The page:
About these ads

By 4:00 that morning the cameras had rolled the last foot of film, and the river was filled with a dense, cool fog so that we couldn't see more than twenty feet in front of ourselves. Armed with flashlights to wave at the barges, my friend and I climbed into the canoe and pushed off. Soon we were immersed in another world, connected to shore only by the fading shouts of the crew and thoughts about the potential of film; of the rare directors who reportedly sit on the set with a typewriter reworking the script because of new dimensions discovered in yesterday's shooting; of the European director who refused to make a film in the United States because he didn't know American habits. I wondered if the promise of film wasn't the opportunity for a complex technological system to serve the human spirit, for it to become as pliable as clay to the artist's vision and the nuances of life. With that hope lingering in thought, we began to paddle around the islands waiting for the sun to rise.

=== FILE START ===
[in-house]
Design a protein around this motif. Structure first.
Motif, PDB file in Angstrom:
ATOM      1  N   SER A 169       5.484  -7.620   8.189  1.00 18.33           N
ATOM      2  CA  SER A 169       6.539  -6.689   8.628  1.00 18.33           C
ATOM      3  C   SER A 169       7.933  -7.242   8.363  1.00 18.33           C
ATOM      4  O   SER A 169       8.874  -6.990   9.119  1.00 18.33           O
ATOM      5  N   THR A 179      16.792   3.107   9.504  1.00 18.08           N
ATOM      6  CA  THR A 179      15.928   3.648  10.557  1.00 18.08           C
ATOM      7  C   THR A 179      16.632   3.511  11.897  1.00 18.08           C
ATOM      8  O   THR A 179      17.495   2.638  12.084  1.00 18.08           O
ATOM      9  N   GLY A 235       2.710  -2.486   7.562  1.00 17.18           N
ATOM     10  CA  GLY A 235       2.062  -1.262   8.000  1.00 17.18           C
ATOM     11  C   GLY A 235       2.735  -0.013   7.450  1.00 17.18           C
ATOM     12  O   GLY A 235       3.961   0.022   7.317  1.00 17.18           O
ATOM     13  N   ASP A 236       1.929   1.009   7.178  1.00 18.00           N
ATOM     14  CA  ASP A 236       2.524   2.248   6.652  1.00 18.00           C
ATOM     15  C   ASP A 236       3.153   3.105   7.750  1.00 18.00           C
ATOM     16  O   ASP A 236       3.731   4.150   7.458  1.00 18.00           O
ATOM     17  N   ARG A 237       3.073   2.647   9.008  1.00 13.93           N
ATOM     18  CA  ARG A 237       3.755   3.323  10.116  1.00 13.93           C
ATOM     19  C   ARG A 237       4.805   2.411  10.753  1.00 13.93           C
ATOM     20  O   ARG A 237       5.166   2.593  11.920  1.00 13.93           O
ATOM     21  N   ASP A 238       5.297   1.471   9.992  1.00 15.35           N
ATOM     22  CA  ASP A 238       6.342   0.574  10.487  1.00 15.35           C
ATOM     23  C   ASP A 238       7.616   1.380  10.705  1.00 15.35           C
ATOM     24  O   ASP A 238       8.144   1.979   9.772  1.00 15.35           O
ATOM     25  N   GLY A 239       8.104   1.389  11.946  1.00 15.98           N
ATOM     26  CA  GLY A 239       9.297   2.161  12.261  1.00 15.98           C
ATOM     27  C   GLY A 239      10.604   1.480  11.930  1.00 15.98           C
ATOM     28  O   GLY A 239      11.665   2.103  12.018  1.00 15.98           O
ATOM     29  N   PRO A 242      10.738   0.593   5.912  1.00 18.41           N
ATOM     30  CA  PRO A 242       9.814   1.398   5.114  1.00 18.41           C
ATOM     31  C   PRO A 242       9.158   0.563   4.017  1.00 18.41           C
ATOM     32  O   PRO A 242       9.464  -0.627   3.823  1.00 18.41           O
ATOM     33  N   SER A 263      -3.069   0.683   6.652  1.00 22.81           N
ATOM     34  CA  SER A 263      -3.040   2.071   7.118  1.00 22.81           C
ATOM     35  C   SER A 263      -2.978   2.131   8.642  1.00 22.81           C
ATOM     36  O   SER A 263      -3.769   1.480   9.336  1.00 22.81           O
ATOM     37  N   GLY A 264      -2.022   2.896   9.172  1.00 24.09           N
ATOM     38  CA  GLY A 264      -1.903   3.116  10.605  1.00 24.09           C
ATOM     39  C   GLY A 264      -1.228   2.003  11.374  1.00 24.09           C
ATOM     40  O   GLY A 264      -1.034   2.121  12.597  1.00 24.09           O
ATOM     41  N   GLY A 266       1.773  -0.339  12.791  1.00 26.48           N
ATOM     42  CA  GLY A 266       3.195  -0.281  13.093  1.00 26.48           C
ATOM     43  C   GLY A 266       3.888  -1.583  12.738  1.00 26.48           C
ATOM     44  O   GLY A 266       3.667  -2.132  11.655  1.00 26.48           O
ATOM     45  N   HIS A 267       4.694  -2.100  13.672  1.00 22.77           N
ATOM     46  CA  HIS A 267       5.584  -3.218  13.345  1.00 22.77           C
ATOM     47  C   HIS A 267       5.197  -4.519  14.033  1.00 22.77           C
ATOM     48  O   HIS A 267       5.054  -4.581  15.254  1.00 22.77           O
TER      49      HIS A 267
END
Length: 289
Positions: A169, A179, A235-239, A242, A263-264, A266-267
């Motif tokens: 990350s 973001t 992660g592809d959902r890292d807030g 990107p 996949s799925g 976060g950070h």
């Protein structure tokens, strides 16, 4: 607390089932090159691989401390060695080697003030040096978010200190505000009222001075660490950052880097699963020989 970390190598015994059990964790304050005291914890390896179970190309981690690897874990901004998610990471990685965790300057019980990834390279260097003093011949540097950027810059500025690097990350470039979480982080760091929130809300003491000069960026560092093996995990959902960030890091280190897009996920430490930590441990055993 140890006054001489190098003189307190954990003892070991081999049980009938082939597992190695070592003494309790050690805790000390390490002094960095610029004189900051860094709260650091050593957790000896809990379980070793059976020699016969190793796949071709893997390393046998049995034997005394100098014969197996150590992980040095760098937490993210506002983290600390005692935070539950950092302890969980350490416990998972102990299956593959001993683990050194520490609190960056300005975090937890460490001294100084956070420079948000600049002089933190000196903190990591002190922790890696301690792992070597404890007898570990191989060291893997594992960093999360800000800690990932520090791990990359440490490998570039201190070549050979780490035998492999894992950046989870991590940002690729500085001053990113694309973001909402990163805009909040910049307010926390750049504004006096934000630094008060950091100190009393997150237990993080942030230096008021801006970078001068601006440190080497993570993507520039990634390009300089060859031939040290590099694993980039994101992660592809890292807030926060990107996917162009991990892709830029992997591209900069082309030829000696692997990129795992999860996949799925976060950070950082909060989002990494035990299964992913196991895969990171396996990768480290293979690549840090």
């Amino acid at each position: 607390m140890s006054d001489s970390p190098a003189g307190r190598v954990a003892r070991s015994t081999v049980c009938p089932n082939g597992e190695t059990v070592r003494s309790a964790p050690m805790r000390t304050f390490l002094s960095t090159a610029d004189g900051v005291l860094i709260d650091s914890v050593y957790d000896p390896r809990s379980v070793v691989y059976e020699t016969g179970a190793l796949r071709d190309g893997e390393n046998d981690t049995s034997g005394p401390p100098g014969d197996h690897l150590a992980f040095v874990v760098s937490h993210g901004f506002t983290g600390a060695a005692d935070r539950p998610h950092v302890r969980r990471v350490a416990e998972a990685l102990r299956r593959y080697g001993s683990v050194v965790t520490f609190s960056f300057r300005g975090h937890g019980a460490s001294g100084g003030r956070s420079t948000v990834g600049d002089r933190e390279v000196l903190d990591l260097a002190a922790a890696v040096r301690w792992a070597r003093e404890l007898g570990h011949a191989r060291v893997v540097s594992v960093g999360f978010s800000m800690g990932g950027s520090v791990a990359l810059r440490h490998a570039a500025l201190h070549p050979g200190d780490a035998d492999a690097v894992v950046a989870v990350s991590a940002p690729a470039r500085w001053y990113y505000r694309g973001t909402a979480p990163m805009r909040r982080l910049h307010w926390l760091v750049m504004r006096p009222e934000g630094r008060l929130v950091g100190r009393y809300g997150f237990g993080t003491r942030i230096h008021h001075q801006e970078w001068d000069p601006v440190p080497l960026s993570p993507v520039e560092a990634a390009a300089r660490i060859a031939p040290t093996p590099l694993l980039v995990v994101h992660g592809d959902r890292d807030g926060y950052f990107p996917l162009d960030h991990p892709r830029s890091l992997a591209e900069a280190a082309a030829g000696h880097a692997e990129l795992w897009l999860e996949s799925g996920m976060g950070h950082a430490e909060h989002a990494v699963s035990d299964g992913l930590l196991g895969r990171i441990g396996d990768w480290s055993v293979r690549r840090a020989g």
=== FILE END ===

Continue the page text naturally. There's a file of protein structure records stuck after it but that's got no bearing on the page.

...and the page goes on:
Follow Stories Like This
Get the Monitor stories you care about delivered to your inbox.